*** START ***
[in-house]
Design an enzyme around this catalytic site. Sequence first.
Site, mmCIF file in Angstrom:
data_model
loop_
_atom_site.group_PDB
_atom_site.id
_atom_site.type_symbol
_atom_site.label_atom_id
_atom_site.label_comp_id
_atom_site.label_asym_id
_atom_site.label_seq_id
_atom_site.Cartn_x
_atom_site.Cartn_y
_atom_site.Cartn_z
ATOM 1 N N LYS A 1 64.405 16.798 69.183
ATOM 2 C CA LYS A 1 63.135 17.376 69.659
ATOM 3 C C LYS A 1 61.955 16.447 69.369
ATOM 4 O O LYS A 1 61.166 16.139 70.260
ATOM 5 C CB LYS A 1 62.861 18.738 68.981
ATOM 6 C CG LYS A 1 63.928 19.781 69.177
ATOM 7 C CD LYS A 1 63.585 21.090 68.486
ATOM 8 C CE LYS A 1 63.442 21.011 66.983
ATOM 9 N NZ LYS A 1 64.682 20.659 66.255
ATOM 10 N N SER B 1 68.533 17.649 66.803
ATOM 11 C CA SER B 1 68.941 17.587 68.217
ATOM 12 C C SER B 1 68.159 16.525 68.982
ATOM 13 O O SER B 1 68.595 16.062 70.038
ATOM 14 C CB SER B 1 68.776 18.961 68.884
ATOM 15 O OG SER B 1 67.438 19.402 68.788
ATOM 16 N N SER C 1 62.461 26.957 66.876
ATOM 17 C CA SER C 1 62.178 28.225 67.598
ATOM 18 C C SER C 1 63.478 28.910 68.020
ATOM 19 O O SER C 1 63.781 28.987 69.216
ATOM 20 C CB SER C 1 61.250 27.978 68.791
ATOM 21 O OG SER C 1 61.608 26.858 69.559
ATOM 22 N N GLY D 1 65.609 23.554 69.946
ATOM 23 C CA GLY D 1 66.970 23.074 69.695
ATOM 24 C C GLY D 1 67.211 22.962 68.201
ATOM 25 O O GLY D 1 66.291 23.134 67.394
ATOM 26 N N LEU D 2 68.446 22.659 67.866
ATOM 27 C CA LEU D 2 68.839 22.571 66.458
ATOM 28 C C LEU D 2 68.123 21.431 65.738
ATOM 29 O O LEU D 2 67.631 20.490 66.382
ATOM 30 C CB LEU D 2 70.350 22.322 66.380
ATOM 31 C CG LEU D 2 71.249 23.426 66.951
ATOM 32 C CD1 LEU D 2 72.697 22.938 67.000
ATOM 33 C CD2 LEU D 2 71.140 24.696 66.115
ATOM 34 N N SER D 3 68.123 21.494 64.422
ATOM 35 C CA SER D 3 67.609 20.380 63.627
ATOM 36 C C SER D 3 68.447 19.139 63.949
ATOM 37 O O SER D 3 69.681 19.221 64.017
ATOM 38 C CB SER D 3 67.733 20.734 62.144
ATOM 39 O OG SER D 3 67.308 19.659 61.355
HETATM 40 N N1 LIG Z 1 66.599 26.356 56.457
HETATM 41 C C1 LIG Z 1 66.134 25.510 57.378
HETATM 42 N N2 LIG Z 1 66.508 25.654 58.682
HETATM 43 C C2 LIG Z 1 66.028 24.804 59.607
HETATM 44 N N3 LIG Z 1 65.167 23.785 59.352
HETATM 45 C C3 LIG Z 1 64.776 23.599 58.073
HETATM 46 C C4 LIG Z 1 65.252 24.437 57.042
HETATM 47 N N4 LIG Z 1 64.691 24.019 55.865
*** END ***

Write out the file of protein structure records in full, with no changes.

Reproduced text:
[in-house]
Design an enzyme around this catalytic site. Sequence first.
Site, mmCIF file in Angstrom:
data_model
loop_
_atom_site.group_PDB
_atom_site.id
_atom_site.type_symbol
_atom_site.label_atom_id
_atom_site.label_comp_id
_atom_site.label_asym_id
_atom_site.label_seq_id
_atom_site.Cartn_x
_atom_site.Cartn_y
_atom_site.Cartn_z
ATOM 1 N N LYS A 1 64.405 16.798 69.183
ATOM 2 C CA LYS A 1 63.135 17.376 69.659
ATOM 3 C C LYS A 1 61.955 16.447 69.369
ATOM 4 O O LYS A 1 61.166 16.139 70.260
ATOM 5 C CB LYS A 1 62.861 18.738 68.981
ATOM 6 C CG LYS A 1 63.928 19.781 69.177
ATOM 7 C CD LYS A 1 63.585 21.090 68.486
ATOM 8 C CE LYS A 1 63.442 21.011 66.983
ATOM 9 N NZ LYS A 1 64.682 20.659 66.255
ATOM 10 N N SER B 1 68.533 17.649 66.803
ATOM 11 C CA SER B 1 68.941 17.587 68.217
ATOM 12 C C SER B 1 68.159 16.525 68.982
ATOM 13 O O SER B 1 68.595 16.062 70.038
ATOM 14 C CB SER B 1 68.776 18.961 68.884
ATOM 15 O OG SER B 1 67.438 19.402 68.788
ATOM 16 N N SER C 1 62.461 26.957 66.876
ATOM 17 C CA SER C 1 62.178 28.225 67.598
ATOM 18 C C SER C 1 63.478 28.910 68.020
ATOM 19 O O SER C 1 63.781 28.987 69.216
ATOM 20 C CB SER C 1 61.250 27.978 68.791
ATOM 21 O OG SER C 1 61.608 26.858 69.559
ATOM 22 N N GLY D 1 65.609 23.554 69.946
ATOM 23 C CA GLY D 1 66.970 23.074 69.695
ATOM 24 C C GLY D 1 67.211 22.962 68.201
ATOM 25 O O GLY D 1 66.291 23.134 67.394
ATOM 26 N N LEU D 2 68.446 22.659 67.866
ATOM 27 C CA LEU D 2 68.839 22.571 66.458
ATOM 28 C C LEU D 2 68.123 21.431 65.738
ATOM 29 O O LEU D 2 67.631 20.490 66.382
ATOM 30 C CB LEU D 2 70.350 22.322 66.380
ATOM 31 C CG LEU D 2 71.249 23.426 66.951
ATOM 32 C CD1 LEU D 2 72.697 22.938 67.000
ATOM 33 C CD2 LEU D 2 71.140 24.696 66.115
ATOM 34 N N SER D 3 68.123 21.494 64.422
ATOM 35 C CA SER D 3 67.609 20.380 63.627
ATOM 36 C C SER D 3 68.447 19.139 63.949
ATOM 37 O O SER D 3 69.681 19.221 64.017
ATOM 38 C CB SER D 3 67.733 20.734 62.144
ATOM 39 O OG SER D 3 67.308 19.659 61.355
HETATM 40 N N1 LIG Z 1 66.599 26.356 56.457
HETATM 41 C C1 LIG Z 1 66.134 25.510 57.378
HETATM 42 N N2 LIG Z 1 66.508 25.654 58.682
HETATM 43 C C2 LIG Z 1 66.028 24.804 59.607
HETATM 44 N N3 LIG Z 1 65.167 23.785 59.352
HETATM 45 C C3 LIG Z 1 64.776 23.599 58.073
HETATM 46 C C4 LIG Z 1 65.252 24.437 57.042
HETATM 47 N N4 LIG Z 1 64.691 24.019 55.865